Nov 292011
 
Authors: Matt Miller

I once saw the scroll on which Jack Kerouac wrote “On The Road.” I saw it at the Denver bookstore Tattered Cover.

As a little kid, I loved a series about young Merlin. An author named T.A. Barron wrote the books, and my Mom took me to a signing of his –– also at Tattered Cover.

I have spent most of my life reading, and for every memory I have with a book there is a bookstore.

Whether it be a book signing, browsing through shelves of titles or talking with another reader or store employee, I was always at home in a bookstore.

But on Amazon.com or the store on your e-reader, the Tattered Cover or any other independent bookstore is replaced with browsing a cold list of book titles along with thumbnail pictures.

The friendly employees have been replaced with web coding. The three-story building full of shelves and couches is a warehouse in some unknown desert. The authors are nowhere to be found, and the reading community is just a chat room.

On Black Friday, the Kindle Fire was Amazon’s top selling item, selling four times the amount of any other Kindle. This year the Kindle and other e-readers once again will be the must have Christmas gift.

So as the number of adults who own an e-reader grows past its current 12 percent, where does the independent bookstore fit into the future of our reading culture?

Susie Wilmer, who co-owns the Old Town Fort Collins independent bookstore, Old Firehouse Books said with the rise of digital book sales her business has taken a significant hit.

“We have lost a whole segment of customers,” she said, the first being women who read romance novels.

But even in the face of the bankruptcy of the mega bookstore Borders, and of surging digital sales, stores like Old Firehouse can survive by offering an experience to readers that is much more personal than a warehouse full of books.

“We get together people who write and love to read,” Wilmer said. “Those are physical and need to be physical.”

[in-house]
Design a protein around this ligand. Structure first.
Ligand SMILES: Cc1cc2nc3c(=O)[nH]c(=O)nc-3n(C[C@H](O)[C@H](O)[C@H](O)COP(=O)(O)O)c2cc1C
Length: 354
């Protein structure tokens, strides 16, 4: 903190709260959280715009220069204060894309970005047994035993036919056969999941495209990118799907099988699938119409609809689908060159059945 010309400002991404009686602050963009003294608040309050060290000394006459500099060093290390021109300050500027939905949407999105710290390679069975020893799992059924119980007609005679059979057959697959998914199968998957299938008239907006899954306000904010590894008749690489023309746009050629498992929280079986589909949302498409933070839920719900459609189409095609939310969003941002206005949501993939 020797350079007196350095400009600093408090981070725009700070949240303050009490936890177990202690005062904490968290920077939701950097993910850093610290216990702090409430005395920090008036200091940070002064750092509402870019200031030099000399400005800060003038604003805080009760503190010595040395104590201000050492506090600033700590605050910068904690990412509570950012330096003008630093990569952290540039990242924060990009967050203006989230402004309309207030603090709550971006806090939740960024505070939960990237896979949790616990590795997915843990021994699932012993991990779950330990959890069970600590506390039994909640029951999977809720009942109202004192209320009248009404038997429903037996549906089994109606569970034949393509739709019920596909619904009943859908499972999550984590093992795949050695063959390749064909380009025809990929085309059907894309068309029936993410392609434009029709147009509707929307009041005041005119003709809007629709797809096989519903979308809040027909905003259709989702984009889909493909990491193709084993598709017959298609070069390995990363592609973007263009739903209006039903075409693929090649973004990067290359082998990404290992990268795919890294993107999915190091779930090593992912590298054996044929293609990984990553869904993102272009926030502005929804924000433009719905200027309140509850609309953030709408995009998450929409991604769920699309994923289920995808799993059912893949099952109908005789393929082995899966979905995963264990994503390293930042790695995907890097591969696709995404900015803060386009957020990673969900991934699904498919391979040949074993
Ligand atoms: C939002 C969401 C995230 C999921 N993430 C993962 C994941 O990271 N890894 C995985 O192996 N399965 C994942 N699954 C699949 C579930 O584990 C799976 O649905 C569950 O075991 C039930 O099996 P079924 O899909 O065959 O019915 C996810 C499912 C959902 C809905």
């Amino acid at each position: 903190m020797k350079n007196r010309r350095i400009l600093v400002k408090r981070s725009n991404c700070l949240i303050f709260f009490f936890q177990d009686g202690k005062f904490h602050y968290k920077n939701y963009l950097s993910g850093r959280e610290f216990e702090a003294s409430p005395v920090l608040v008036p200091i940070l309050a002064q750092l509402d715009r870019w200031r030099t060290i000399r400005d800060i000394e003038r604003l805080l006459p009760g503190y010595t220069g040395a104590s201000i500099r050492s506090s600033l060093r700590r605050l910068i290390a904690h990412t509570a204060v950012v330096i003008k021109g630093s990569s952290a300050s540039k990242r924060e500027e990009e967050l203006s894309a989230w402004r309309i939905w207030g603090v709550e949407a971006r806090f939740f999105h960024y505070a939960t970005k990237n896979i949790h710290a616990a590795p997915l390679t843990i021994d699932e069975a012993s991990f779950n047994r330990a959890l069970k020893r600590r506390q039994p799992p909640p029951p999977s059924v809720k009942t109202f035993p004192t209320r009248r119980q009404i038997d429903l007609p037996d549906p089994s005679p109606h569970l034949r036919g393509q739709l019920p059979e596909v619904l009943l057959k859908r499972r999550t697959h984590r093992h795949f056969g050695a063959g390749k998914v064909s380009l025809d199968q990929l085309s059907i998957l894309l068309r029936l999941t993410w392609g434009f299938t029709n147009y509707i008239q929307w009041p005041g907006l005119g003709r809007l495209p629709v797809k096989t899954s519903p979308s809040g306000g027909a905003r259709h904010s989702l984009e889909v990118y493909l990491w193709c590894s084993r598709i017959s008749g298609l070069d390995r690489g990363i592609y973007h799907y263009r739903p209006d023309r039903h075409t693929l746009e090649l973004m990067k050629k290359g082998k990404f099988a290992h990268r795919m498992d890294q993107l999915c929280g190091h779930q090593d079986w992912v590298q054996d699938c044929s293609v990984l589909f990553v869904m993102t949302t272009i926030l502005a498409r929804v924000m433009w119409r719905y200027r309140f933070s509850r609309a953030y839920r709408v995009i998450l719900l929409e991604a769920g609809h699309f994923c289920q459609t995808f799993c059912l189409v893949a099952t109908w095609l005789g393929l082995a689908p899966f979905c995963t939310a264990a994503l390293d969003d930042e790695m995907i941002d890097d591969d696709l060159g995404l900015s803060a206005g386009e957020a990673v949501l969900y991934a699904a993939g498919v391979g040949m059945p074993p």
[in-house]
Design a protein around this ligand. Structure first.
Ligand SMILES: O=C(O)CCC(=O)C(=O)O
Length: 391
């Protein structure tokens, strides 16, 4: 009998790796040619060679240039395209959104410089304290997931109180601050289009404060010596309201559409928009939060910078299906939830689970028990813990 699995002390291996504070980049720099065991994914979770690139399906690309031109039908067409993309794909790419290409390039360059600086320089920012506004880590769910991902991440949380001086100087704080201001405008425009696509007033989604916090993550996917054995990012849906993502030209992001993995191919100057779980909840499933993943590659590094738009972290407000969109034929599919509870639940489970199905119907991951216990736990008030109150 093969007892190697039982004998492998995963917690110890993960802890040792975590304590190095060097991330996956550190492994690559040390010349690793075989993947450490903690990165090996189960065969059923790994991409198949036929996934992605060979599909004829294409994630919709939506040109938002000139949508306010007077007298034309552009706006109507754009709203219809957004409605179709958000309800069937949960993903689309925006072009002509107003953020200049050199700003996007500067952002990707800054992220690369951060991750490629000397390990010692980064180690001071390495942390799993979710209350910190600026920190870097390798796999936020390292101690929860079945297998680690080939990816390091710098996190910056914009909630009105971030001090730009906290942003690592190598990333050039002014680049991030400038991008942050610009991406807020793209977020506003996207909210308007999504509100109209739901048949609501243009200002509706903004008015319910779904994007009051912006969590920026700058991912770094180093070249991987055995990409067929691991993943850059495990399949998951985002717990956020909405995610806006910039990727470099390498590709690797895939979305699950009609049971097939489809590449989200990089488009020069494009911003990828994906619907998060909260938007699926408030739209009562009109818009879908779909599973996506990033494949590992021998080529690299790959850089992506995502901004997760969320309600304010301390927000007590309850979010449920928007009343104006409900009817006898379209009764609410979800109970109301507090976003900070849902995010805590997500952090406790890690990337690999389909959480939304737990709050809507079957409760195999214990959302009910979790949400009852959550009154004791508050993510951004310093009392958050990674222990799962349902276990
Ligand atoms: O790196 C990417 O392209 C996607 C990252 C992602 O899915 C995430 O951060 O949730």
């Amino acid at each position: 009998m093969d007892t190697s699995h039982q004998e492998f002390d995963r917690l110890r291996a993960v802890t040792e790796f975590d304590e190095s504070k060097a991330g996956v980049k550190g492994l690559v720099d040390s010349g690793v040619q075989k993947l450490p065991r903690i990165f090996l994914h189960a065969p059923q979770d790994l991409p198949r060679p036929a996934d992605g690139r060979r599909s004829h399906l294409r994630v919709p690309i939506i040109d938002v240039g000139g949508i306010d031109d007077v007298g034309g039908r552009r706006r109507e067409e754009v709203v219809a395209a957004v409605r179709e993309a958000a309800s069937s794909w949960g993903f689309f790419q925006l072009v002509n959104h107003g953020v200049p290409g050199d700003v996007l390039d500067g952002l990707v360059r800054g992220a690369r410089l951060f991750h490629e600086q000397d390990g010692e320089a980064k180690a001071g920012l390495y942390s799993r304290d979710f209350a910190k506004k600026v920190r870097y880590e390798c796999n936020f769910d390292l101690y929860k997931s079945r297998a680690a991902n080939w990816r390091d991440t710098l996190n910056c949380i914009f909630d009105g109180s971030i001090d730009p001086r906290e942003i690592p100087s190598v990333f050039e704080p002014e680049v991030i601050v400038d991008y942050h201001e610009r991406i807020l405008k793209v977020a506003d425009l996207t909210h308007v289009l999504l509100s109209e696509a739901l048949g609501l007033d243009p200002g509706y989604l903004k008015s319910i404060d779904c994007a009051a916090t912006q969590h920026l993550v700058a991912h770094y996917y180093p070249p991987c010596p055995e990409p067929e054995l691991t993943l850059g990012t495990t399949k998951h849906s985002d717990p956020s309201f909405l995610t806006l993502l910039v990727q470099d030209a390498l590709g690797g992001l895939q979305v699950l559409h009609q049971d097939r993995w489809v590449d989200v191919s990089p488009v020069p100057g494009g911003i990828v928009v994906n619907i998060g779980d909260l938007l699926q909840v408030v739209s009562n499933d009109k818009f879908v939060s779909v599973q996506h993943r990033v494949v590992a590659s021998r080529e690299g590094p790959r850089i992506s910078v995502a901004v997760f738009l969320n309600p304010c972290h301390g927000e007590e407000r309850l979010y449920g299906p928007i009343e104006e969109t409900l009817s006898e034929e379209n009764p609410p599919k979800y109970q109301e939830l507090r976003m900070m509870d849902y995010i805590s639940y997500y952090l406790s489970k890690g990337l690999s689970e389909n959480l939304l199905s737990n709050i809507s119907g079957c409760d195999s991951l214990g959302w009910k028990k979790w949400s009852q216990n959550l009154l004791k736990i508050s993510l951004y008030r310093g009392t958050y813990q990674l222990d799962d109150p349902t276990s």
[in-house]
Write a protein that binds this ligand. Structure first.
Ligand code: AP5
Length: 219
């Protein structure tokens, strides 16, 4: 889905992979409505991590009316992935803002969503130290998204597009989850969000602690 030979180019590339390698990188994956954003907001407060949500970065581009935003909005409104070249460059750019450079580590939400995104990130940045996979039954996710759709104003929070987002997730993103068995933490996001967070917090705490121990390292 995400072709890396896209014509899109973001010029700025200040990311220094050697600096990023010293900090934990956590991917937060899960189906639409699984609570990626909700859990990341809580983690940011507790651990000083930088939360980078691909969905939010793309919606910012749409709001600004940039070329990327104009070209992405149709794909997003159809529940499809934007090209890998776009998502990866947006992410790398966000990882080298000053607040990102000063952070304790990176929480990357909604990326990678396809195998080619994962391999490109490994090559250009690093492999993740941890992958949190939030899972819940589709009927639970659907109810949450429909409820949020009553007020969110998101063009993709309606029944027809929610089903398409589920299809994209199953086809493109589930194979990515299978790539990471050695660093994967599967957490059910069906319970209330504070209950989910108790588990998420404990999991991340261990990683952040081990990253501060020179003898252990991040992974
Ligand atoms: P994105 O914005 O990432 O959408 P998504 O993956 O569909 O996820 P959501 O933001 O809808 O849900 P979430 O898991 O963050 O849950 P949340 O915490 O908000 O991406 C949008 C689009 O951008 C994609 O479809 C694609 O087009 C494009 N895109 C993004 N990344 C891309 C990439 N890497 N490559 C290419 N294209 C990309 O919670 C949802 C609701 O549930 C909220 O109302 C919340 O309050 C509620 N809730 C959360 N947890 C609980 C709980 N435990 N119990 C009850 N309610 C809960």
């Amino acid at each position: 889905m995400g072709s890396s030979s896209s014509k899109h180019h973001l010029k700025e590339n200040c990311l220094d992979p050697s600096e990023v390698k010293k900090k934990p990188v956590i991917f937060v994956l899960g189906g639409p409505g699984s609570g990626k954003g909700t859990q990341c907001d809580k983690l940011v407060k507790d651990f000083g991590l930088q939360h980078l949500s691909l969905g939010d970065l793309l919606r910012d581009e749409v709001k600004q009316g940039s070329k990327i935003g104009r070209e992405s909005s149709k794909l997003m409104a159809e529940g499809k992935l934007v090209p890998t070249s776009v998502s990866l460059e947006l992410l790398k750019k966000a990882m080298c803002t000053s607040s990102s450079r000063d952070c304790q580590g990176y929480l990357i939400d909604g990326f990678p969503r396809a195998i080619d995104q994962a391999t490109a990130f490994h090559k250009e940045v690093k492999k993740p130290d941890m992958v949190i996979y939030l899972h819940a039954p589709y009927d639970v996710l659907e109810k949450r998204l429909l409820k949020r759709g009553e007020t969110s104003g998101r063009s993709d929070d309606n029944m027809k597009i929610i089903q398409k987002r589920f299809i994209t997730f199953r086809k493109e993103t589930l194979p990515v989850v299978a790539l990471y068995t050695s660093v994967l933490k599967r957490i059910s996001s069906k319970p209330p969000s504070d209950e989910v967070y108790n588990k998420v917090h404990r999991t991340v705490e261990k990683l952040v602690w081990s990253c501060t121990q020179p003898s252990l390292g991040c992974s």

Old Firehouse is a place to go for more than just shopping. The store brings in authors, organizes book clubs, hosts art shows and hopes to have a literary festival next year. They also partner with local libraries and schools.

This description of the future of Old Firehouse Books reflects everything I loved growing up in bookstores and everything I love about reading.

Could an Amazon warehouse thousands of miles away ever do the same thing?

“What we offer is something different and become a community place,” said Salesperson and Old Firehouse Event Coordinator, Tegan Hollen. “We’re breaking the mold of what bookstores were traditionally thought of.”

Hollen and Wilmer said it’s this niche that independent bookstores are working to fill in a digital age. They provide a spot for the readers and writers of the community to interact –– something that a faceless corporation can’t offer.

For about a year, I have owned a Kindle. And I love it. But I also love going to the bookstore. The ease of buying a book on my e-reader could never replace the joy of the actual store.

Next to my bed, my Kindle sits on top of a print edition of “House of Leaves,” which provides nearly comical symbolism representing my struggle with print and digital books.

When talking with Wilmer, I found that she herself –– yes, the owner of an independent bookstore –– owns an e-reader. She finds it easier to read than a computer, and even though she doesn’t use it a lot, she sees it as a tool.

Just as the television is a tool to watch sports, it doesn’t mean you never set foot in a stadium. Even though your iPod is a tool to listen to music, it doesn’t mean you don’t go to a concert.

Bookstores and e-readers can, in fact, co-exist in the digital age.

The e-reader is a way to make books more accessible, faster to obtain and cheaper to produce. For the reader on the go, they are a convenience; and for the person who just finished “Game of Thrones” and needs the next book in the series, they are a lifesaver.

But the bookstore provides the other half of the reading equation. It offers a cooperative experience to reading where you can speak with authors and other book lovers, and share your personal connection to books. It’s a tangible, physical representation of our reading culture –– one I would hope that we aren’t ready to give up.

If you get an e-reader this holiday season or already own one, you might start to feel unfulfilled. You will find your fingers itching to flip pages, you will look longingly at your empty bookshelf and you will need someone to talk with about your latest read. But there’s an answer for all this: the bookstore.

_News Editor Matt Miller is a junior journalism major. His column appears Wednesdays in the Collegian. Letters and feedback can be sent to letters@collegian.com. _

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